Reflection: Creating Community
Sister Susan Rose Francois, CSJP
July 15, 2016
The opportunity to be a Nun on the Bus is a multi-dimensional blessing. We are privileged to hear stories of pain and promise, challenge and opportunity, impasse and creative responses to systemic injustice.
Sister Simone Campbell keeps reminding us that, in effect, we are missionaries. We are on a mission to mend the gaps. To the observer the public advocacy side of being a nun on the bus is perhaps more apparent, but there is a profound pastoral side to our mission as well. We are listening to how the gaps are impacting folks across this country in real and immediate ways. We are also witnesses to the resilient efforts of communities to reweave the fabric of our society.
Community is key. The nine of us boarded the bus in Madison as relative strangers to one another. Most of us, in fact, had never even met before. Now that we have arrived in our fourth state and seventh city, it is hard to believe that I have not always known these sisters of mine. We certainly belong to and love our respective religious communities. We know that our sisters are praying for and supporting us across the miles. But we are also now members of another community—we are, now and forever more, Nuns on the Bus.
Prayer has been key to crafting this sense of community among us so quickly. Most days, before we board the bus in the morning, we find a quiet spot for community prayer in the motherhouse where we have found gracious hospitality the night before. Other days we pray together on the bus at the beginning of our morning journey. Whatever the location, contemplation and sharing of the heart brings us together and focuses us on our mission.
Tears have also brought us together as we have met ordinary folks who are struggling to meet basic needs and provide for their families. I will never forget Julie who teared up as she shared her sadness at not being able to provide safe affordable housing for her three children because she could not find a job in her area that provided a living wage. Or Anne who, because she lives in a state that has not expanded Medicaid benefits, almost died when she was taken to an emergency room for care that had reached a crisis level because she did not have health insurance and thus could not afford regular checkups. It is difficult, if not impossible, to avoid having your heart broken open, again and again, by such stories. Tears are a healing and human response to this sacred sharing.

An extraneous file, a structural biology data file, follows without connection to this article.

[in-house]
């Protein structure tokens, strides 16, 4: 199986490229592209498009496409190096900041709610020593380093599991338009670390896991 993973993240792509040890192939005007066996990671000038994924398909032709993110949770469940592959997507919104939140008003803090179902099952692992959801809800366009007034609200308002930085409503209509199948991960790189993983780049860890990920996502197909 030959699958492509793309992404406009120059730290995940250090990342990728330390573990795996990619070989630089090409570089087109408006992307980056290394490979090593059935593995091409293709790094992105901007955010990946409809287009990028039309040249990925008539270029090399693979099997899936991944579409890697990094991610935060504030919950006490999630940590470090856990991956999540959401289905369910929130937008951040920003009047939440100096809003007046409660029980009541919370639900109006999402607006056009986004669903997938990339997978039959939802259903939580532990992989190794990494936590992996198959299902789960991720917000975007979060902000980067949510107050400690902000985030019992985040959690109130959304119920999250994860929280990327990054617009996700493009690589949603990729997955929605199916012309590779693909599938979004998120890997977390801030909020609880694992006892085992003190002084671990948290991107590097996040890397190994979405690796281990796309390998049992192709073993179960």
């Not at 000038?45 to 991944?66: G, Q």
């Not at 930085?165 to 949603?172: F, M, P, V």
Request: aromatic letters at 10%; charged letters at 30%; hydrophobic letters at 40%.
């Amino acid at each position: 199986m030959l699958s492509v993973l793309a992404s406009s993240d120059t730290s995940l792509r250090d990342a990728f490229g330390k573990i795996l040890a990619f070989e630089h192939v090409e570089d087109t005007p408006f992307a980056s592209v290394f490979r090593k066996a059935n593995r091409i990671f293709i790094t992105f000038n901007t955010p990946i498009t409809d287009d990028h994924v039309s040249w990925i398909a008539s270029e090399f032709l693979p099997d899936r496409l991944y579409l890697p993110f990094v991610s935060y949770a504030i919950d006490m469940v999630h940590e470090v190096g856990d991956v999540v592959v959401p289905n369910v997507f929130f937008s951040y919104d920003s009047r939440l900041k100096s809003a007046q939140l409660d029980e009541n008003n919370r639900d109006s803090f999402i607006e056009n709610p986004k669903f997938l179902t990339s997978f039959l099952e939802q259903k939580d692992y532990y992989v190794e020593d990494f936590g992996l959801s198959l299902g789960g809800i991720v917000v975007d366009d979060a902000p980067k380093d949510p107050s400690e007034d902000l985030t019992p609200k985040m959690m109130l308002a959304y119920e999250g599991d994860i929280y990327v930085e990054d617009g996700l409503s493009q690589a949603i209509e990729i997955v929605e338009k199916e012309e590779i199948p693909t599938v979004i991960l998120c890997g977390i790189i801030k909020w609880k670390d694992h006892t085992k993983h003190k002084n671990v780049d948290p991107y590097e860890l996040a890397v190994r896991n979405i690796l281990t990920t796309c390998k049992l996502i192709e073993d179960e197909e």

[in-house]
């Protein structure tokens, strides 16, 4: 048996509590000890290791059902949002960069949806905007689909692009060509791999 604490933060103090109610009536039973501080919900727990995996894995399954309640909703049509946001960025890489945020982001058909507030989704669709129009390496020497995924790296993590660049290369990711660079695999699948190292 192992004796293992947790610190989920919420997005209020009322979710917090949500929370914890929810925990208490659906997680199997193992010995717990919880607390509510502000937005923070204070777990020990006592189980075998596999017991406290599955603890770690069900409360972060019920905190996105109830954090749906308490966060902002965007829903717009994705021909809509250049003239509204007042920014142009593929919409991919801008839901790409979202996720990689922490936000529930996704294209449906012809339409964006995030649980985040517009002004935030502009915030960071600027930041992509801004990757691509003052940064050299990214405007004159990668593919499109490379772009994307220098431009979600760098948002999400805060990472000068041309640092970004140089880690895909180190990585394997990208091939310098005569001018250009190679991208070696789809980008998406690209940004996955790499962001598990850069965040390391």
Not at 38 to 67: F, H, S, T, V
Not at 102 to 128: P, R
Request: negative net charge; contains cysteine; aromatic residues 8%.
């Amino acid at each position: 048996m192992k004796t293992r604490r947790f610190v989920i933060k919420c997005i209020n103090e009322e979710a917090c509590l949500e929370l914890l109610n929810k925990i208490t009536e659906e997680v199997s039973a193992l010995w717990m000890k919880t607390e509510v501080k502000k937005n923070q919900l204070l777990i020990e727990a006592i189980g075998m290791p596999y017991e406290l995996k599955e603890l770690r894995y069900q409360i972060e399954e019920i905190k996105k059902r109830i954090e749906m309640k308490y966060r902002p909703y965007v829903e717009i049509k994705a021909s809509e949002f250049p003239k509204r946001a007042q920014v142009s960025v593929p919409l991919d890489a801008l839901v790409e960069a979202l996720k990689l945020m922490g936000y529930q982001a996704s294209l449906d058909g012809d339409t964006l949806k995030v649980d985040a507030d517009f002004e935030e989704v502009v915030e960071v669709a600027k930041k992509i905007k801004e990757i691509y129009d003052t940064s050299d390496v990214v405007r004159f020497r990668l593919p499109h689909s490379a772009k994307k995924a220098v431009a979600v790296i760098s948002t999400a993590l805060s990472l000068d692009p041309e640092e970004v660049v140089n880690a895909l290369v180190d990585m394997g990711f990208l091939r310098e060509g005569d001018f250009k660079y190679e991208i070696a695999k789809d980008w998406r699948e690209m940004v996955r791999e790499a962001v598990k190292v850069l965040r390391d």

In our mission to reweave the fabric of society, we are weaving together the threads of our individual stories and experiences with those we meet along the way. It is no coincidence that the graphic on the side of our bus resembles the squares of a quilt. Each state of our union is part of a whole and we have heard certain patterns emerging across our trip. During our caucus events and site visits, we have heard how problems like the lack of affordable mental health care, stable funding for K-12 and higher education, inadequate public transportation systems, and the prevalence of only low wage employment for job seekers are tearing at the fabric of our society. While there are some variations in the ways these gaps color the lives of the communities we have visited, the overwhelming pattern that is emerging is one of widening gaps caused by policies that do not promote or serve the common good.
In St. Louis, we spent a few hours with one community of women working on the multi-dimensional problems facing their community. Voice of Women is a community development organization that unites women to address issues affecting their neighborhood, such as gentrification, lack of access to banking and affordable lending, and food insecurity. Their micro-lending and savings programs provide the economic engine that helps community members thrive. The community garden provides healthy vegetables and brings folks together to tend the garden and relationships. During our tour of the neighborhood, I met a woman around my age who was raising her children in the same house in the neighborhood where her grandmother had raised her family. She was committed to the future of her community, and wanted to make sure that her 8-year-old daughter would have the same opportunity to stay connected to this resilient community, even as it changes and becomes more racially and economically diverse.
We are about half way through this leg of the trip. The community we are crafting informs our advocacy and gives us food for the journey. I cannot help but think of the words of the prophet Isaiah 25.
On this mountain (or on this Nuns on the Bus trip),
God will prepare a feast of rich food for all peoples,
a banquet of aged wine—the best of meats and the finest of wines.
On this mountain God will destroy
the shroud that enfolds all peoples,
the sheet that covers all nations;
God will swallow up death for ever.
Our God will wipe away the tears
from all faces.
As we get closer to Cleveland and the Republican Convention, there will no doubt be more tears and more stories. Yet another blessing of being a nun on the bus is the chance to carry these sacred stories in my heart and share them in order to inform new policies crafted to mend the gaps.